The data shown below were collected from the profiles of 120 tweeters who shared this research output. Click here to find out more about how the information was compiled.

Mendeley readers

The data shown below were compiled from readership statistics for 316 Mendeley readers of this research output. Click here to see the associated Mendeley record.

Geographical breakdown

Country Count As %
Unknown 316 100%

Demographic breakdown

Readers by professional status Count As %
Unspecified 68 22%
Student > Master 58 18%
Student > Bachelor 37 12%
Researcher 36 11%
Student > Ph. D. Student 31 10%
Other 86 27%
Readers by discipline Count As %
Medicine and Dentistry 93 29%
Unspecified 85 27%
Nursing and Health Professions 60 19%
Psychology 20 6%
Social Sciences 12 4%
Other 46 15%

Attention Score in Context

This research output has an Altmetric Attention Score of 90. This is our high-level measure of the quality and quantity of online attention that it has received. This Attention Score, as well as the ranking and number of research outputs shown below, was calculated when the research output was last mentioned on 22 September 2019.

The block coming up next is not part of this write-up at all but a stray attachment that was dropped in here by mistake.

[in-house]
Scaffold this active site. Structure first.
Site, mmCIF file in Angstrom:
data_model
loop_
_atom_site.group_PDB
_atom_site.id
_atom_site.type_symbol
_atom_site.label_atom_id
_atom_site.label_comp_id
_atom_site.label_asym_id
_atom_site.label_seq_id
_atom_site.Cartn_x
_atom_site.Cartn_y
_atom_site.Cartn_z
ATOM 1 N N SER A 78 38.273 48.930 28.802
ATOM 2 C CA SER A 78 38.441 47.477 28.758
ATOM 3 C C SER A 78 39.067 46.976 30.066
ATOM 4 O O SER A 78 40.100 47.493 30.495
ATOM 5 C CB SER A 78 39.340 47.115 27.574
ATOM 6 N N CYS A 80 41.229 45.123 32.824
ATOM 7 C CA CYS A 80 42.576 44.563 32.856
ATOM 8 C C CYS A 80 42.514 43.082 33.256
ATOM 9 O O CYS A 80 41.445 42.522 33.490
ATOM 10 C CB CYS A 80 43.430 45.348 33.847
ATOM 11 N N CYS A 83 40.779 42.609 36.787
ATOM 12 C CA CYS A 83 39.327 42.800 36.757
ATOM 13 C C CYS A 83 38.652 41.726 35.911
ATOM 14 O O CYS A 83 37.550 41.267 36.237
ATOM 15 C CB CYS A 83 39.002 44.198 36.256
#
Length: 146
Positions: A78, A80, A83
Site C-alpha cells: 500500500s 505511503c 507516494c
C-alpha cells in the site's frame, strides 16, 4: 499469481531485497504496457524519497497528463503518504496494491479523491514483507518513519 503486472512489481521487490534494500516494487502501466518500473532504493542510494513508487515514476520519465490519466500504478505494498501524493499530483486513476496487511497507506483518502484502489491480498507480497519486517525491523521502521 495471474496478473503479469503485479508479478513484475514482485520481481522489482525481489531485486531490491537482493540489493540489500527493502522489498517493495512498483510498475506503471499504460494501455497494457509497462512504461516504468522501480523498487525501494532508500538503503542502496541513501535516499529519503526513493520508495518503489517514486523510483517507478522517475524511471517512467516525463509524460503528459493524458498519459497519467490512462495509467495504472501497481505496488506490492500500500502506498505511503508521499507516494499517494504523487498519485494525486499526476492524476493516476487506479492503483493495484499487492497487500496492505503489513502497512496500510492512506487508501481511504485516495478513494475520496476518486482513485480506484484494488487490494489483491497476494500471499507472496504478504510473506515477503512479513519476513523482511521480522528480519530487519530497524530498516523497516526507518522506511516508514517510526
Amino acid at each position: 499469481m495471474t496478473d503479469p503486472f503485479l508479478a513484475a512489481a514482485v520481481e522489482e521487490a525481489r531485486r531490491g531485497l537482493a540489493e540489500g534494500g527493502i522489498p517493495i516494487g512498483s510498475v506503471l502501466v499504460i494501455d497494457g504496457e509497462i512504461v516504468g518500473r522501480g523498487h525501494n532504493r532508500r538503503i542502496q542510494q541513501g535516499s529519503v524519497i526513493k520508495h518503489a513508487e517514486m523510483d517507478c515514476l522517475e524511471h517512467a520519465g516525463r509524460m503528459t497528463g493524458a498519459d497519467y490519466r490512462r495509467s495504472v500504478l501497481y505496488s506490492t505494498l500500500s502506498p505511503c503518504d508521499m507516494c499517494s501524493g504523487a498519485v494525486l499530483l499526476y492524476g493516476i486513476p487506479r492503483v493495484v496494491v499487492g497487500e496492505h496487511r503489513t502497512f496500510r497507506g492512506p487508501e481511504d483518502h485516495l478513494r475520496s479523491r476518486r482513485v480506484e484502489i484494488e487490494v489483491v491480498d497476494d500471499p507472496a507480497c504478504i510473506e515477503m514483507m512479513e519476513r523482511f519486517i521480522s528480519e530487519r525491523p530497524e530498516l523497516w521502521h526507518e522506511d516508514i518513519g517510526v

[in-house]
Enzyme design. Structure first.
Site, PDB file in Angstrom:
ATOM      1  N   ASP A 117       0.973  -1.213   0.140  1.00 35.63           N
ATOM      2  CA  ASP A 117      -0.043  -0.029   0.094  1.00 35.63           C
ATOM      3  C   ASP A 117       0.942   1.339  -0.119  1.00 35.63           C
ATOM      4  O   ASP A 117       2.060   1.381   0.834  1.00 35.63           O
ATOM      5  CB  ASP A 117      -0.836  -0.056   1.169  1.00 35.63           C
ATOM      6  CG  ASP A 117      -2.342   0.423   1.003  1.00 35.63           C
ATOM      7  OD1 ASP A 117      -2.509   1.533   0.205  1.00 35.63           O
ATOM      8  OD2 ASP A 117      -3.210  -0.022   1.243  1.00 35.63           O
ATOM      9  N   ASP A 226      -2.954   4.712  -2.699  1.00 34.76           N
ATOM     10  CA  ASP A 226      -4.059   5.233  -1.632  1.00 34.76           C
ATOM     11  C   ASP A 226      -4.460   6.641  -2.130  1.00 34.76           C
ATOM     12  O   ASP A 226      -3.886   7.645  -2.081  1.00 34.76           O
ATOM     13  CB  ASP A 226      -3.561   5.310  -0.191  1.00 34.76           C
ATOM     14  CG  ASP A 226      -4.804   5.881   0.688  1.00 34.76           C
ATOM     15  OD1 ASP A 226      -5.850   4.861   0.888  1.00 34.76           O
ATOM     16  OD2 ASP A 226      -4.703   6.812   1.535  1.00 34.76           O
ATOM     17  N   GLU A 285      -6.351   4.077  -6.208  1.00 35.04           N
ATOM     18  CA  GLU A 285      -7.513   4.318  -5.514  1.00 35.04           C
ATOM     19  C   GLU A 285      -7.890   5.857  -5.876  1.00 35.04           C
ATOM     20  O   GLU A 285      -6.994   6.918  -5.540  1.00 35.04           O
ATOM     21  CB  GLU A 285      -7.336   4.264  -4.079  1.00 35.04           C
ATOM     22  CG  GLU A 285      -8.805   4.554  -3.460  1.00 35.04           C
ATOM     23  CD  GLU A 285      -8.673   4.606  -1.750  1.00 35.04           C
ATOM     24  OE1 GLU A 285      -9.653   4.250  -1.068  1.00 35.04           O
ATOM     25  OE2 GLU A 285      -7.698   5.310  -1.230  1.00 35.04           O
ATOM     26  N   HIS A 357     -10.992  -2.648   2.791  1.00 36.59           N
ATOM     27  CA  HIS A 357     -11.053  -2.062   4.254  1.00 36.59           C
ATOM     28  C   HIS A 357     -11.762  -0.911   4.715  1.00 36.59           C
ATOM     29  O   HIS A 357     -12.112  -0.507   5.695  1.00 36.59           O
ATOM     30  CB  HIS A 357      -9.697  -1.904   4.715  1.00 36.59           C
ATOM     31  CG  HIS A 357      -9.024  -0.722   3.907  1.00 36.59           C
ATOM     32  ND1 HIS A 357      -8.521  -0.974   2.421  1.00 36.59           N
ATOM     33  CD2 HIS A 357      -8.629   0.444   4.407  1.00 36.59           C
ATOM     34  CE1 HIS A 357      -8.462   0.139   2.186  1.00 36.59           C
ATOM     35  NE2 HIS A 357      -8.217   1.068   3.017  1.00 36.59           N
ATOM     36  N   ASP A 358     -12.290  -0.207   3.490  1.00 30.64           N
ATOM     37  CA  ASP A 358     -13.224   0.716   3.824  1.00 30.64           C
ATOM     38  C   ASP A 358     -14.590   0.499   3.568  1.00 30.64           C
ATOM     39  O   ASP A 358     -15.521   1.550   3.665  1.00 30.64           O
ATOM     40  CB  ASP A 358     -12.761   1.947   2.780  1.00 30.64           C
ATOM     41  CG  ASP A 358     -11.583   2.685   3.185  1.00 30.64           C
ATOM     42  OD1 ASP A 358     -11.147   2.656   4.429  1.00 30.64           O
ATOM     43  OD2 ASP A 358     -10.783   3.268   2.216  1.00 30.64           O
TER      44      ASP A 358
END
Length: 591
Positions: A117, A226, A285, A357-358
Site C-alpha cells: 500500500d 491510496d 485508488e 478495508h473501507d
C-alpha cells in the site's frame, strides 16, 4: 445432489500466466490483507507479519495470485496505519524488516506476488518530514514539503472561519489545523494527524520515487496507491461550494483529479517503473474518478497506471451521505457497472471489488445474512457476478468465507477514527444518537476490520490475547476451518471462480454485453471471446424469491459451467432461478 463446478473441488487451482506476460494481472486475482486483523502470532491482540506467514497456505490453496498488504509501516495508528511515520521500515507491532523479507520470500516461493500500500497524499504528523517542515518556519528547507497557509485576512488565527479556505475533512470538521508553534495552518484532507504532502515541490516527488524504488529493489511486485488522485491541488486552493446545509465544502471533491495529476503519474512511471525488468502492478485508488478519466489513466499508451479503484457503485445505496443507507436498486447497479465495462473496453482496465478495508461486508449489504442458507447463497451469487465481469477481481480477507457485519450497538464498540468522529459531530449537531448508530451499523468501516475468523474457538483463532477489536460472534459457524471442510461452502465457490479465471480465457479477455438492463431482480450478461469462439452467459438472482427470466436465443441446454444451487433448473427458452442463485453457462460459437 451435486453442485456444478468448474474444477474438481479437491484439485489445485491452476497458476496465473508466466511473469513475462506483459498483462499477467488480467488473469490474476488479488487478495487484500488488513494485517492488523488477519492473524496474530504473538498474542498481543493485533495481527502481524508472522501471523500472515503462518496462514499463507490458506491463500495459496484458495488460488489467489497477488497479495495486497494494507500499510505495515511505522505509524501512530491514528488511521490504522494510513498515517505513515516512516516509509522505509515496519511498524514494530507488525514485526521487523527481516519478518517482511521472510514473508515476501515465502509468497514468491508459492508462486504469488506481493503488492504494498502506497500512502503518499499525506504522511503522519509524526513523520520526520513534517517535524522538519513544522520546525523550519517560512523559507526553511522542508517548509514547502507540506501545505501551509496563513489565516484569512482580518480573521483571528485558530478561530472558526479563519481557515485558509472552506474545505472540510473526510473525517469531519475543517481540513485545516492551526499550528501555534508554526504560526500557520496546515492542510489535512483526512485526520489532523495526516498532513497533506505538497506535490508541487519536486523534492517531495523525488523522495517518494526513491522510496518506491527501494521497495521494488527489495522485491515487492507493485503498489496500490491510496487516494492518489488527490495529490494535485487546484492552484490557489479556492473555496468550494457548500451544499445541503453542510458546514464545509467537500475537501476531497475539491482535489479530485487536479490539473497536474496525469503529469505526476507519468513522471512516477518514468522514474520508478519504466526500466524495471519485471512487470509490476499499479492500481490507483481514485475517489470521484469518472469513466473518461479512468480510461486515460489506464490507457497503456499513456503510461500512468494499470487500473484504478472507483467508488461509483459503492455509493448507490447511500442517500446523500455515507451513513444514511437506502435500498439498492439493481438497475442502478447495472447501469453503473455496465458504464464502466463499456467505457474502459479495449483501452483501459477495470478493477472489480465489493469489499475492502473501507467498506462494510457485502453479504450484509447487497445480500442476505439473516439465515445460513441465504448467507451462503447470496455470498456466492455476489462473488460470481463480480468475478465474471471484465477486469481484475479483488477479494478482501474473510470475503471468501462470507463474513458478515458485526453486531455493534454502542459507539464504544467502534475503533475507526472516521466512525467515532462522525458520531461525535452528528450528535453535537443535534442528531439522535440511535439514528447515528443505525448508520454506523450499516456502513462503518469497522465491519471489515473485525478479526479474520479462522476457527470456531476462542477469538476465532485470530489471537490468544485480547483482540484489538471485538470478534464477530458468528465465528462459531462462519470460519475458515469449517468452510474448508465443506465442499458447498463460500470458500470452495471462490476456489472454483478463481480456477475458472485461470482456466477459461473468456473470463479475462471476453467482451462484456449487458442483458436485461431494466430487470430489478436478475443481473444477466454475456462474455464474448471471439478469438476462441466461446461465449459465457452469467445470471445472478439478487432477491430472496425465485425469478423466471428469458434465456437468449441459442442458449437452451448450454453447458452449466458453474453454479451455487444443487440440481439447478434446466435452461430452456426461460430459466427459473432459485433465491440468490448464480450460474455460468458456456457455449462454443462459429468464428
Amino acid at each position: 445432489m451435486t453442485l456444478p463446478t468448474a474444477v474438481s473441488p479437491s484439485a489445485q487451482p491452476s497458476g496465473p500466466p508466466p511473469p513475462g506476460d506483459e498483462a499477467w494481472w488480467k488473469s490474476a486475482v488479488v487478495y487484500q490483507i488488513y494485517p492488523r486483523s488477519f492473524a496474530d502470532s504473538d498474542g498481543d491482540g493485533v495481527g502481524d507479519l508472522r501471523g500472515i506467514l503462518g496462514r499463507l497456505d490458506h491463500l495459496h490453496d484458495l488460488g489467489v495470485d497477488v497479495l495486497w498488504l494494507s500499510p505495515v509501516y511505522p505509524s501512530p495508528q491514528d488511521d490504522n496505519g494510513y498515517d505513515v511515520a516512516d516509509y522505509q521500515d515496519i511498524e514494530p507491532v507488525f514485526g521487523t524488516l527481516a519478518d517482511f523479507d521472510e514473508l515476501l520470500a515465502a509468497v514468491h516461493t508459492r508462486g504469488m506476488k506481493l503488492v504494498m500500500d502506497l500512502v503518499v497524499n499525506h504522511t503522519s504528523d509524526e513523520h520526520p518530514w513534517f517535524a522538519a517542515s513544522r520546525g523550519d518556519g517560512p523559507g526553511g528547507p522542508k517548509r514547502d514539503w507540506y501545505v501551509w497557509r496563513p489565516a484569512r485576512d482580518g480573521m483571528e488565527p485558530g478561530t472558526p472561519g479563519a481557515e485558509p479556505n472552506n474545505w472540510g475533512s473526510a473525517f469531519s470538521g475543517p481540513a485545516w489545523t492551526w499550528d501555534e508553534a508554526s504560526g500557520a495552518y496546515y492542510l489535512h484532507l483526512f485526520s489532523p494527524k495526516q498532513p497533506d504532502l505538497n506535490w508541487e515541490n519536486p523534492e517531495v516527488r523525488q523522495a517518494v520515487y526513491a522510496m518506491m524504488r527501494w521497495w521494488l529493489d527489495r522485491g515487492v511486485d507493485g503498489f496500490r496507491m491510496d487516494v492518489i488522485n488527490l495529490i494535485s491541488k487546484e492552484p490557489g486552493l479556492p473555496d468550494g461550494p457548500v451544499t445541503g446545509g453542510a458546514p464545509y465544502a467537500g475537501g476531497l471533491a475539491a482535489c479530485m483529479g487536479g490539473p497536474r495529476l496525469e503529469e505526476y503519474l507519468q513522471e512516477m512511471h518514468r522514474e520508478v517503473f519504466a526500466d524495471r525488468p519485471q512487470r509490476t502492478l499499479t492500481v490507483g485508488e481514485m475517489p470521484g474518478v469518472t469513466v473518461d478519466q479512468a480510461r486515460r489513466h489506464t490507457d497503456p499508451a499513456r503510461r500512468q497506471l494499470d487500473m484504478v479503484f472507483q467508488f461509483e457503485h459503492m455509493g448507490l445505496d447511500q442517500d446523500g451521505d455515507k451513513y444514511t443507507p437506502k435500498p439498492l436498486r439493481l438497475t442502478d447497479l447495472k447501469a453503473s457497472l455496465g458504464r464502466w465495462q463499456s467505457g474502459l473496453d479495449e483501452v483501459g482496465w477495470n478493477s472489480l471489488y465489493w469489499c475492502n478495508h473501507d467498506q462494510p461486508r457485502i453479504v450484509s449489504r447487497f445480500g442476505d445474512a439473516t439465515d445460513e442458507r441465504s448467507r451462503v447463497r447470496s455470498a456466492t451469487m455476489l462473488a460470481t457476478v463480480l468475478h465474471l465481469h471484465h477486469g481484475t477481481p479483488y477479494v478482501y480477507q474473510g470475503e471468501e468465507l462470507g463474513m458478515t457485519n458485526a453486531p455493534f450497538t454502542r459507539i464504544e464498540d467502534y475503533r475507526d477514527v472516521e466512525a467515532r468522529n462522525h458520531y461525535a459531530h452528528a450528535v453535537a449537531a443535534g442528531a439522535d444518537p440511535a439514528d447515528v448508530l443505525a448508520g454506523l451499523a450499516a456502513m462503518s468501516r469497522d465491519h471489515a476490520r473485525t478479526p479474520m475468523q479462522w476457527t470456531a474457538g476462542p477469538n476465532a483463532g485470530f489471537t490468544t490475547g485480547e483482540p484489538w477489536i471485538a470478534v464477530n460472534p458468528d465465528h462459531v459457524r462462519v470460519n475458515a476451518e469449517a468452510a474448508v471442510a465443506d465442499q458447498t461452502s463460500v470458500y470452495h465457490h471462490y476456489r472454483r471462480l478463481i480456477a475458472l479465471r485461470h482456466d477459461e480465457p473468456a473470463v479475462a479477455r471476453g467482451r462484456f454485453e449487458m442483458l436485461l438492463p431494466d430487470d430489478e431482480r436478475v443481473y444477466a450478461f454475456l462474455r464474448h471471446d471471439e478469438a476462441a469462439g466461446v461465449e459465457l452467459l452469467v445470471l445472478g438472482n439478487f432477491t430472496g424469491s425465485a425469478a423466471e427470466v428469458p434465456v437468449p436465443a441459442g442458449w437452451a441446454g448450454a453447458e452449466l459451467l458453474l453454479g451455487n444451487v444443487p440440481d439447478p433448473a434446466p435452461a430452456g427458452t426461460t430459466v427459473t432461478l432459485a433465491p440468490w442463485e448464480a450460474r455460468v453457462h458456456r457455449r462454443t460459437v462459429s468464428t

All research outputs
#182,241
of 13,571,715 outputs
Outputs from Cochrane database of systematic reviews
#417
of 10,637 outputs
Outputs of similar age
#7,936
of 265,852 outputs
Outputs of similar age from Cochrane database of systematic reviews
#15
of 256 outputs
Altmetric has tracked 13,571,715 research outputs across all sources so far. Compared to these this one has done particularly well and is in the 98th percentile: it's in the top 5% of all research outputs ever tracked by Altmetric.
So far Altmetric has tracked 10,637 research outputs from this source. They typically receive a lot more attention than average, with a mean Attention Score of 21.1. This one has done particularly well, scoring higher than 96% of its peers.
Older research outputs will score higher simply because they've had more time to accumulate mentions. To account for age we can compare this Altmetric Attention Score to the 265,852 tracked outputs that were published within six weeks on either side of this one in any source. This one has done particularly well, scoring higher than 97% of its contemporaries.
We're also able to compare this research output to 256 others from the same source and published within six weeks on either side of this one. This one has done particularly well, scoring higher than 94% of its contemporaries.